"Mass is good for cabinets but not for drivers. Hence we only use drivers of the lightest possible moving mass joined to high-performance powerful motor systems. Because all diaphragms must exhibit high self damping, this becomes a compromise between weight and damping ratio. But in general all heavy material must be rejected to avoid high break-up modes on woofers. We use long voice coils for wider linear excursion. Music consists of transients, hence playback must accelerate and brake hard. There are many myths surrounding ribbon tweeters and they can indeed sound dull when incorrectly filtered. But they are wonderful drivers of superlative speed and musicality which simply suffer no fools in their filter networks. Due to great advances made with Neodymium magnets, this type of driver can now also be used in smaller speakers. Christian Yvon has worked with ribbon drivers for 15 years. Thanks to his proprietary crossover, he can take a ribbon tweeter to a lower cut-off frequency to extend its benefit over a wider bandwidth."

"Take nothing away from the signal but above all, add nothing to it. Contrary to conceived notions, the hardest part by far is adding nothing. This is the essence of Apertura's philosophy. Speaker drivers are electro-mechanical devices which generate sound waves from diaphragm motion. In theory the driver gasket is the mechanical reference of this device. In reality sound waves are also generated at the back of the driver but in opposite phase. These excite the cabinet and generate vibrations which propagate inside the cabinet material to create structure-born noise and distortion of the mechanical driver reference. Drivers themselves are subject to mechanical constraints and forces which produce vibration and torsion on their sub-assemblies. To summarize, one must consider vibration damping and dissipation as part of one's mechanical design. As a non-exhaustive list of dedicated vibration treatments in Apertura speakers, we can mention the heavily braced cabinets; the damped driver diaphragms with locking gaskets; baked coil wires and heavy parts glued to the filter PCB; and one-point plinth drainage at the center of gravity with the floor.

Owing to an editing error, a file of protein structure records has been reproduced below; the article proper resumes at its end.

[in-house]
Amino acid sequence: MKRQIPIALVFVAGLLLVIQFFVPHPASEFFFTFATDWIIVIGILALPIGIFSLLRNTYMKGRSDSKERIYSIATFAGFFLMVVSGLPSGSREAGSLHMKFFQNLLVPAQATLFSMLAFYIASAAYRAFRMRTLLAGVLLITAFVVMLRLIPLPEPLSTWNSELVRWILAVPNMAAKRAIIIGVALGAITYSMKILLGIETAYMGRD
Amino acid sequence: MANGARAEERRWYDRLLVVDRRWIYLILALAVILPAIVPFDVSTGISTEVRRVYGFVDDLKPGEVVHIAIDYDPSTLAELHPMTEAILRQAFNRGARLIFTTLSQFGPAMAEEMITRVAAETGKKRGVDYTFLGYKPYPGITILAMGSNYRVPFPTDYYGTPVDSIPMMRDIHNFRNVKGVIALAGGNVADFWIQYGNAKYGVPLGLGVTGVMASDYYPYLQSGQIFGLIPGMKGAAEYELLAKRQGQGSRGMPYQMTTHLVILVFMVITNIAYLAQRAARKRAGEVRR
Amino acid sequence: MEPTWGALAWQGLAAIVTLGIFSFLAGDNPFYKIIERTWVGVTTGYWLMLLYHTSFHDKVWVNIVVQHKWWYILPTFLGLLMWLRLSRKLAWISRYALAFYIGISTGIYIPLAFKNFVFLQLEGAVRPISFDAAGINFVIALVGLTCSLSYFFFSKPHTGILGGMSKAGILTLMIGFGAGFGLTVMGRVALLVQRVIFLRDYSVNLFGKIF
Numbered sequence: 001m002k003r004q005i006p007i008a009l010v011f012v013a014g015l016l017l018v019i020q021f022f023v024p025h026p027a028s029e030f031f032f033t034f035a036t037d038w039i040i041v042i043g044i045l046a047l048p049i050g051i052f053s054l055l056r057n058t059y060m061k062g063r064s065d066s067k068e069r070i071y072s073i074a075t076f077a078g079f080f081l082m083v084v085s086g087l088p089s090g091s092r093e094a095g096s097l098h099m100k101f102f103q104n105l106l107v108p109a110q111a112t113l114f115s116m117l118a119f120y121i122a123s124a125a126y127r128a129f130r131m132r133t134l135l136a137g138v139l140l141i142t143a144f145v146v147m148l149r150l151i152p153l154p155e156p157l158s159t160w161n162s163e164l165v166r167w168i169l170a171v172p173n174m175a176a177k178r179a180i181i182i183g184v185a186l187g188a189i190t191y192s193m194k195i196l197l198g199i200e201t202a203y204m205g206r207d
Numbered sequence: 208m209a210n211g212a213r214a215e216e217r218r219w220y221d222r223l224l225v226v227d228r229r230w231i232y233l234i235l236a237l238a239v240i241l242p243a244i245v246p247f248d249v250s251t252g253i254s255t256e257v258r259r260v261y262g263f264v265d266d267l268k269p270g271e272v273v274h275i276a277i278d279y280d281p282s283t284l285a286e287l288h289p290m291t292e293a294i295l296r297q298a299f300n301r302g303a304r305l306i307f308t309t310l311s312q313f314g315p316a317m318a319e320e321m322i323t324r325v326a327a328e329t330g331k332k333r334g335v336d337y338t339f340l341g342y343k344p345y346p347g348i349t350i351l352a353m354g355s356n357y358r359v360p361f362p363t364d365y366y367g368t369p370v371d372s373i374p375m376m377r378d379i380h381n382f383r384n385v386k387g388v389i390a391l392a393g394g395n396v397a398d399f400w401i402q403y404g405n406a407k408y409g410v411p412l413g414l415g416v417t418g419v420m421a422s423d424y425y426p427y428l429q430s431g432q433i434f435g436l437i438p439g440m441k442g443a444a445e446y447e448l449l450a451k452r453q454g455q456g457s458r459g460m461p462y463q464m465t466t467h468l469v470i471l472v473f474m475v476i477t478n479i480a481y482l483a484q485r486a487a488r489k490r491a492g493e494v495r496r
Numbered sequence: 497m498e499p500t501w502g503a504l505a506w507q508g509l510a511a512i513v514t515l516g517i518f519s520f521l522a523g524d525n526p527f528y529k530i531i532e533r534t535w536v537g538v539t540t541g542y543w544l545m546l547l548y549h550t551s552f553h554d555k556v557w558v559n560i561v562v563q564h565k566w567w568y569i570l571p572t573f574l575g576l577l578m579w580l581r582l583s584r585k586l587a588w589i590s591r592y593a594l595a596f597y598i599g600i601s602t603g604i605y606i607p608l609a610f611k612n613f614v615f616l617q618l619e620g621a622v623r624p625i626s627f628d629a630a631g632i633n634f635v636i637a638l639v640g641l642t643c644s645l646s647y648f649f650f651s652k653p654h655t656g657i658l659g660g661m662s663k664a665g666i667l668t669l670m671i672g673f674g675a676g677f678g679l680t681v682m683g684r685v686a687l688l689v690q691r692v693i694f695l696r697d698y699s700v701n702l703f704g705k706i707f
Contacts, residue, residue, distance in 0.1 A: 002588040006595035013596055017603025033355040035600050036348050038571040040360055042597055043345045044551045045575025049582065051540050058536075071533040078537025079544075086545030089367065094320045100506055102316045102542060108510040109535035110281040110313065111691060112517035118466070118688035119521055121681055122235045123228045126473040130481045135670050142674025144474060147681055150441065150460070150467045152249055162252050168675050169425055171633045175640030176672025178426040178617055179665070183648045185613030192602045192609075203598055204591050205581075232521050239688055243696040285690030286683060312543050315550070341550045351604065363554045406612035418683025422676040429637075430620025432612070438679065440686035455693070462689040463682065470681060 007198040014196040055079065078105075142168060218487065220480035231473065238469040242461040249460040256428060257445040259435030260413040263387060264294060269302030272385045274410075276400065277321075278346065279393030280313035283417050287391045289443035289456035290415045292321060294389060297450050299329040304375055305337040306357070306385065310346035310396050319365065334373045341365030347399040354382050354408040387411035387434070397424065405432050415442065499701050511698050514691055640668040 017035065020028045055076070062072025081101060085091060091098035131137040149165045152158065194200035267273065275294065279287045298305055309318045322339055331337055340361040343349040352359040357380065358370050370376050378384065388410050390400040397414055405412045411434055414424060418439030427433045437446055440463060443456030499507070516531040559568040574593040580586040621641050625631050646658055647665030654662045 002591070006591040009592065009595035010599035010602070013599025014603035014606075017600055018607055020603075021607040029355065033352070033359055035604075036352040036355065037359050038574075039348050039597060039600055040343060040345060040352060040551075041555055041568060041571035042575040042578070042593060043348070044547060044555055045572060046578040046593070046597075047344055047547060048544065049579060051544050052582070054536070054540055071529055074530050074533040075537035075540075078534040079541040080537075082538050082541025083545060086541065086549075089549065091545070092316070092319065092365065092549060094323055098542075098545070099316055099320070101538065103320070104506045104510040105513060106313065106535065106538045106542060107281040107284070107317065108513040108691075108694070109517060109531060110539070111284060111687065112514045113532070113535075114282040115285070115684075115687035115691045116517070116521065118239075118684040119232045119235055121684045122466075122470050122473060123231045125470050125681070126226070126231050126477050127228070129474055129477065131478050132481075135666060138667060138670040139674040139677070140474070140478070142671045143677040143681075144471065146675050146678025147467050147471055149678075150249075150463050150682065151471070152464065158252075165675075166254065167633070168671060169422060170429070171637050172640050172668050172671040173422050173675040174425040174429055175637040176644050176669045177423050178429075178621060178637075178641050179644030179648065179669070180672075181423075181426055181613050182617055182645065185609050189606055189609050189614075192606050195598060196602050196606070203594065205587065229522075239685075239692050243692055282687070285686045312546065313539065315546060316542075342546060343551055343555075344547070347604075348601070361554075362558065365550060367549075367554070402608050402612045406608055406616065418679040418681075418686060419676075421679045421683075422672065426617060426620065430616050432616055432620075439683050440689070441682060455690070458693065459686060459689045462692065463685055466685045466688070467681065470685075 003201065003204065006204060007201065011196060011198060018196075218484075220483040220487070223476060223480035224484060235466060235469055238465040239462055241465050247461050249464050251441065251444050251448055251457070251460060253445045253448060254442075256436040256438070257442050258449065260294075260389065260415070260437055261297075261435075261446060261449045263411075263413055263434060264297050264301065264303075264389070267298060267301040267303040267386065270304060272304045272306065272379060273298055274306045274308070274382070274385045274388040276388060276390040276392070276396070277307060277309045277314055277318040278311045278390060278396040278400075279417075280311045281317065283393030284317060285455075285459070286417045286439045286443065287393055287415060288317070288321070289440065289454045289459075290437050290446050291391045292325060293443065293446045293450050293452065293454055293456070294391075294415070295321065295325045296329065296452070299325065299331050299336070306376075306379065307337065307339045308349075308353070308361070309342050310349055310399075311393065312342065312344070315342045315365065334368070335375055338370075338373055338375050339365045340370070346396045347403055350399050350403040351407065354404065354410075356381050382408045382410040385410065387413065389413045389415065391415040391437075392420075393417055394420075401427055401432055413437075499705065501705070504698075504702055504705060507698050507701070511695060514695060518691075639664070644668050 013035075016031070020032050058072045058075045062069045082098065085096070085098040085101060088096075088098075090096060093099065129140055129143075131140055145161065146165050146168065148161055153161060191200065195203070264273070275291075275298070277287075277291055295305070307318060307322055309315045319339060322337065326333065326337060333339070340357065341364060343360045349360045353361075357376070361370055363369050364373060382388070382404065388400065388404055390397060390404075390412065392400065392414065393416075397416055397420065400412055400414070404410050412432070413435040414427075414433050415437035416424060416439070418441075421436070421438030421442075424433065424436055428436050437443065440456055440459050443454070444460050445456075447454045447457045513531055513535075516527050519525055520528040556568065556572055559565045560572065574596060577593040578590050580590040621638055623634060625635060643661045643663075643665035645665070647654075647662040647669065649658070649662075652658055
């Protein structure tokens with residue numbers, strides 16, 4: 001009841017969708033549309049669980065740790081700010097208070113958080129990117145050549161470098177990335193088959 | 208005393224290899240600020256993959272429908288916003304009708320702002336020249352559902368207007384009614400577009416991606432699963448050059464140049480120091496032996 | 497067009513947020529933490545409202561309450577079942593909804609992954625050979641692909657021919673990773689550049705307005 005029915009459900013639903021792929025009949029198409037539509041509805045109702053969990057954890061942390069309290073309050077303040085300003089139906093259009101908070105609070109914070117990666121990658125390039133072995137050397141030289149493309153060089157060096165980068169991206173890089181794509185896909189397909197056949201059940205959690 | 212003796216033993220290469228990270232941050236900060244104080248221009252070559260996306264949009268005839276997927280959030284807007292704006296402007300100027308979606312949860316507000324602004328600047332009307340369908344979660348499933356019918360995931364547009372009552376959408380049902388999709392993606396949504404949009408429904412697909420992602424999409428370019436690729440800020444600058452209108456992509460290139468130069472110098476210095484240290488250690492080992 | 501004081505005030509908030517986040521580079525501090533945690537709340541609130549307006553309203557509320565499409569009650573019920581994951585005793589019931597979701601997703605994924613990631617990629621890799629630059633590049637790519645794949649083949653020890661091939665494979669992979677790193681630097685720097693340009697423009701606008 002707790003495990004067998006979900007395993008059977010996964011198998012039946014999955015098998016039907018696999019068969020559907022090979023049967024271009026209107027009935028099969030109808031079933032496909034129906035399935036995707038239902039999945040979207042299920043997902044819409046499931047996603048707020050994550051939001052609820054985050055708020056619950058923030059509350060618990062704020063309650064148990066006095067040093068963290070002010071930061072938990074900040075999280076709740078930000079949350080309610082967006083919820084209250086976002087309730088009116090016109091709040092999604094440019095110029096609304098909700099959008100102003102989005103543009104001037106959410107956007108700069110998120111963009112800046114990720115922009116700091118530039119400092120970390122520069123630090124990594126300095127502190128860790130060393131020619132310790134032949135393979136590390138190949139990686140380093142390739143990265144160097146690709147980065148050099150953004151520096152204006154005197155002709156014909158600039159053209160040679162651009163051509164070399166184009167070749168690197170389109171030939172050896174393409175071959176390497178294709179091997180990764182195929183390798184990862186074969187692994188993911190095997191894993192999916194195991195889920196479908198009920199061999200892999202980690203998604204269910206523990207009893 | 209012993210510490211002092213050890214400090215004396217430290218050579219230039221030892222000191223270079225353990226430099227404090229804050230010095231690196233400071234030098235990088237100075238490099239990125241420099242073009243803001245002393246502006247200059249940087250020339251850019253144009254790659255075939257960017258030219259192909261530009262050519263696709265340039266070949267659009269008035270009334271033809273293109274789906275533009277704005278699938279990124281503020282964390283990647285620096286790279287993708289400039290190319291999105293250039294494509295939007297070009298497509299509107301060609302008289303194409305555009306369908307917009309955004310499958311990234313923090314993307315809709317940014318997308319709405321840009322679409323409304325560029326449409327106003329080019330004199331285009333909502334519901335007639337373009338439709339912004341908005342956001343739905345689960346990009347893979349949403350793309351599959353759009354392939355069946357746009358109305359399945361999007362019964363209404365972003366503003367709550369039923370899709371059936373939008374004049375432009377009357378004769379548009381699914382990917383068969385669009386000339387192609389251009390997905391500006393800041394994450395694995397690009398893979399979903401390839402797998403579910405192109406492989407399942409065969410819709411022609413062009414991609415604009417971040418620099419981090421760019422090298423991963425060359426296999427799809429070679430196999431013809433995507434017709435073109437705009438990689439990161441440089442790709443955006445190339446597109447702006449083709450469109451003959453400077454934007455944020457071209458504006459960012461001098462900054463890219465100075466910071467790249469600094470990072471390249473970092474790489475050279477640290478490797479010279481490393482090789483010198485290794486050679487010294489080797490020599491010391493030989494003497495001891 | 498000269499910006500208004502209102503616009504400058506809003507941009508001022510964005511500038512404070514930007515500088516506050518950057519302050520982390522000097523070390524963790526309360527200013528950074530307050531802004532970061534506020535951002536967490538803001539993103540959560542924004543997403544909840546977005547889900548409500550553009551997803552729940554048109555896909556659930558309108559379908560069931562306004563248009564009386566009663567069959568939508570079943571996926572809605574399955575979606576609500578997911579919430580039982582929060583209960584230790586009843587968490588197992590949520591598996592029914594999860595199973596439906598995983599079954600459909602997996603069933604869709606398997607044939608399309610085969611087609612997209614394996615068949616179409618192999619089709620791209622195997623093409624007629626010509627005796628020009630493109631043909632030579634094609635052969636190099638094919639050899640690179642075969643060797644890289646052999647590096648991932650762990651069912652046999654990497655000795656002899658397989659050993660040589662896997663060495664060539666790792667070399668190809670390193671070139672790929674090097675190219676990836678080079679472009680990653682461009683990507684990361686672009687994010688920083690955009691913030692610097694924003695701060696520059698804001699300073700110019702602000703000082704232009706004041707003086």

"Neutral parts are another myth. All parts—capacitors, coils, wiring, damping, diaphragm materials—have their own sonic signature. Some differences can be measured, others can only be determined by ear. We use quality parts to arrive at the least colouration in the final mix of complementary qualities. This is the principle of the right part in the right place. Even the most exotic costly parts are rarely ever best and will only give a marginal improvement versus price compared to very small adjustments in internal damping or the length of a port tube. But a 2mm shorter vent lacks all buzzword compliance compared to boutique filter parts."